NASA’s New Horizons spacecraft took this enhanced-colour image of Pluto on July 14, 2015. (Image credit: NASA/JHUAPL/SwRI)
It will take some time before astronomers can celebrate Pluto’s first complete orbit since its discovery.
On February 18, 1930, Pluto was found using the Lowell Observatory in Flagstaff, Arizona. Clyde Tombaugh, an American astronomer, discovered a moving object unmistakably outside Neptune’s orbit. Pluto, the lord of the Greek underworld in mythology, was the name given to that item later.
Pluto’s status as a planet or a dwarf planet has been the subject of a protracted argument. However, scientists believe that since Tombaugh discovered Pluto in images, the planet hasn’t made a single round around the sun.
Pluto’s orbit around the sun takes 248.09 Earth years to complete. When you enter that data and the date of Pluto’s discovery into a timeanddate.com calculator, you’ll learn that the planet will complete its first complete orbit since its discovery on Monday, March 23, 2178.
The bigger planets in our solar system often revolve close to the ecliptic, the solar system’s plane. Pluto, however, has a significant inclination of 17 degrees compared to Earth and many other planets.
Will Grundy of the Lowell Observatory, a co-investigator on NASA’s New Horizons mission that visited the Pluto system in 2015 and Arrokoth in January 2019, noted that the dwarf planet Eris exceeds that at 44 degrees. Now the ship is heading toward the Kuiper Belt. The Kuiper belt is a circumstellar disc in the outer Solar System, extending from the orbit of Neptune at 30 astronomical units (AU) to approximately 50 AU from the Sun.
As a result of dynamical interactions between planets early in the formation of the solar system, Grundy noted that the inclinations of smaller planets tend to be higher: Mercury’s is seven degrees, Eris’ is seven degrees, Makemake’s is 29 degrees, and Haumea’s is 28.2 degrees.
The small world eccentricity, which measures how far an orbit is from a perfect circle, is also accurate. While Pluto’s orbit is extended with an eccentricity of 0.25, Earth’s orbit is practically round. Mercury’s value is 0.205, Eris’ is 0.44, Makemake’s is 0.16, and Haumea’s is 0.20, in contrast.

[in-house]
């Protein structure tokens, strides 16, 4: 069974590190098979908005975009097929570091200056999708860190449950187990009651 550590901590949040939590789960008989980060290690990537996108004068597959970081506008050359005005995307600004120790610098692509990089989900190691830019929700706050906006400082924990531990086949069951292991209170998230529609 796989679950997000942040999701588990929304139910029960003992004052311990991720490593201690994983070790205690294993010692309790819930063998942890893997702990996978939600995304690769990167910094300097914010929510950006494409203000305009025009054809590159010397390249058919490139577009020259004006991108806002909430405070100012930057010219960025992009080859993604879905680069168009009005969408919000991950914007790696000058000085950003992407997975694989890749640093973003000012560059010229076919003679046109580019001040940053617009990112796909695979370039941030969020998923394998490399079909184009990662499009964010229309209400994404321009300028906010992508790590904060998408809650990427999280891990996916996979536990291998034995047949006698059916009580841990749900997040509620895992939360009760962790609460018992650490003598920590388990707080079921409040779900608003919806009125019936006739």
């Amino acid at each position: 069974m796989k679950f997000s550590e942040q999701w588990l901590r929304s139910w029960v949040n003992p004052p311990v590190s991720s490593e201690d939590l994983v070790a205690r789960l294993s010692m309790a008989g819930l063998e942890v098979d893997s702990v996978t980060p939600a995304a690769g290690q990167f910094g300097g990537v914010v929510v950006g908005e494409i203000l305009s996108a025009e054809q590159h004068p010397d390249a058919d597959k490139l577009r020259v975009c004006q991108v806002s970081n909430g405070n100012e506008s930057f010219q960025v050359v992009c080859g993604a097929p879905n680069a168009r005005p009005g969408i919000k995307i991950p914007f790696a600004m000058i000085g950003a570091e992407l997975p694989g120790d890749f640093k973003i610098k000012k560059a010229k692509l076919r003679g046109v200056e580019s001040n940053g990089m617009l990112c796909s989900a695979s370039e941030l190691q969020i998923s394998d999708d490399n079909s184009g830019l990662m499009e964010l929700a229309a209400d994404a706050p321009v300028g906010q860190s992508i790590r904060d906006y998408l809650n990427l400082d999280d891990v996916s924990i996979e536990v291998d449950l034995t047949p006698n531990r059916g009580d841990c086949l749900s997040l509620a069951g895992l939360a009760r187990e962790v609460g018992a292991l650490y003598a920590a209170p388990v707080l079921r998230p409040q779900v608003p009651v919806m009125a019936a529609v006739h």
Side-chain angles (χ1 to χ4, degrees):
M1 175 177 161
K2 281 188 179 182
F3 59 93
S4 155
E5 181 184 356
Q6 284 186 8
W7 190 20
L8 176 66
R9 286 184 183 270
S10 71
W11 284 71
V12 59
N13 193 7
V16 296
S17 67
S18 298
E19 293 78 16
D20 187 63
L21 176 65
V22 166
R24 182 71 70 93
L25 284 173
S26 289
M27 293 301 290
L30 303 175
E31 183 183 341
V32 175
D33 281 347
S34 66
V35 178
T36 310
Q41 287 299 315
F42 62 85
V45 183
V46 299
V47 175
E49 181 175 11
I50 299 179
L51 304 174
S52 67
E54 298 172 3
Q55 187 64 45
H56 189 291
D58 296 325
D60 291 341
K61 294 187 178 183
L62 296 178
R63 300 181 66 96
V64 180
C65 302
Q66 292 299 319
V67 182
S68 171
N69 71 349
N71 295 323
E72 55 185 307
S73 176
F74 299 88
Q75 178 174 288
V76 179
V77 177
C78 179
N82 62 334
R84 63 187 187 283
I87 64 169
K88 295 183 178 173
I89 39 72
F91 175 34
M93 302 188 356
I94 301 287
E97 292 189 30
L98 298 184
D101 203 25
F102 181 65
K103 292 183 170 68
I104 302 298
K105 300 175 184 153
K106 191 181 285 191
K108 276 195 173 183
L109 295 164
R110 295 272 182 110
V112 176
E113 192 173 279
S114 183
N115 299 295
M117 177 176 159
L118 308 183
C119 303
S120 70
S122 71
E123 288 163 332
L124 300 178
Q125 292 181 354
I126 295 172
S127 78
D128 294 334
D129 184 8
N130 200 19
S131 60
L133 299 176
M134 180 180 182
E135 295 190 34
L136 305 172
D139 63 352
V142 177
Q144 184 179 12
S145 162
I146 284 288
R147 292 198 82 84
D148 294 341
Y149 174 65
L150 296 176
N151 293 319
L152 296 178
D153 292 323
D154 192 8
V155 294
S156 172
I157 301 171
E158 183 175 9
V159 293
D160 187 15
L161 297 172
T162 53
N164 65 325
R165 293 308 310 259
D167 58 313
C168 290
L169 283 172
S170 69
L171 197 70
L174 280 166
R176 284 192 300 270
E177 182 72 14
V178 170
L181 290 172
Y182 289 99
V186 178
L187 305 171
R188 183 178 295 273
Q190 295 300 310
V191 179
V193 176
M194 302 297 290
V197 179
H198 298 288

The deviations present among these various worlds, he said, “are valuable clues to dramatic events that happened early in solar system history, calling for a complicated history of planetary migrations and close encounters and maybe even some planets being kicked out of the solar system entirely to become free-floating rogue planets.”
There are four things to take into account about Pluto’s orbit, according to Alan Stern, lead investigator on New Horizons at the Southwest Research Institute. The first two are its eccentricity and inclination.
The third is the resonance between Pluto and Neptune. This massive gas giant is entangled in a gravitational dance with Pluto that maintains both bodies in a regular orbital sequence (which we also see at places like Saturn, which have a lot of moons in resonant orbits).
What transpires as a result of that resonance is the fourth. Over the course of each orbit, Pluto approaches the sun closer than Neptune does for roughly 20 years. Stern remarked that this happened on a regular basis and that Neptune was always on the other side of the sun. Due to their resonance, “the two can never come together.”
Pluto is in the area known as the Kuiper Belt, which is populated by frozen planets known as Kuiper Belt Objects (KBOs). The easiest way to conceive about KBOs is as worlds inhabiting “the same zip code” at the extreme limits of the solar system, according to Stern, who highlighted that these objects are highly distinct from one another and that there are at least four recognised varieties.
Pluto will respond to brighter or weaker sunlight depending on where in its orbit it is in relation to the sun. For instance, Pluto’s atmosphere will be more massive when the heating is higher, according to Stern. A thicker, more massive atmosphere results from more ice being sublimated into gas as a result of increasing sunshine, he said.